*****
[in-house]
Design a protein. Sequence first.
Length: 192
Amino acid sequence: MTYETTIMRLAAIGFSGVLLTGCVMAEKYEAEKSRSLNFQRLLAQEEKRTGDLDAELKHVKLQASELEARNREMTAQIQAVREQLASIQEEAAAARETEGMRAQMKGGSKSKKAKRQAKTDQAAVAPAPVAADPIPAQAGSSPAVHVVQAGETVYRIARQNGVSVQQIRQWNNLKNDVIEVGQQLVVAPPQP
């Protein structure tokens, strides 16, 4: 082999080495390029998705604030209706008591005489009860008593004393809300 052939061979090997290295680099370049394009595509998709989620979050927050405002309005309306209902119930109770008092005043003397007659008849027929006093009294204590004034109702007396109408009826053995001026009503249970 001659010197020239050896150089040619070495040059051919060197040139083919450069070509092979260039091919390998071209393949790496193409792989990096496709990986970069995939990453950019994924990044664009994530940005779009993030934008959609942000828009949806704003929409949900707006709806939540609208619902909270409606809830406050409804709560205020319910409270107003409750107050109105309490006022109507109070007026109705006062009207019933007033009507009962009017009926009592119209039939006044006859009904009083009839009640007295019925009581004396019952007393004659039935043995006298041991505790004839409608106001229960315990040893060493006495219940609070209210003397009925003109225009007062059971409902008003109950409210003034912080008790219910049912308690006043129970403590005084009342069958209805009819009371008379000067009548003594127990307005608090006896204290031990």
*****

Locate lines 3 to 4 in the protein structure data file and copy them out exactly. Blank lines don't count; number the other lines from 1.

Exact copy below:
Length: 192
Amino acid sequence: MTYETTIMRLAAIGFSGVLLTGCVMAEKYEAEKSRSLNFQRLLAQEEKRTGDLDAELKHVKLQASELEARNREMTAQIQAVREQLASIQEEAAAARETEGMRAQMKGGSKSKKAKRQAKTDQAAVAPAPVAADPIPAQAGSSPAVHVVQAGETVYRIARQNGVSVQQIRQWNNLKNDVIEVGQQLVVAPPQP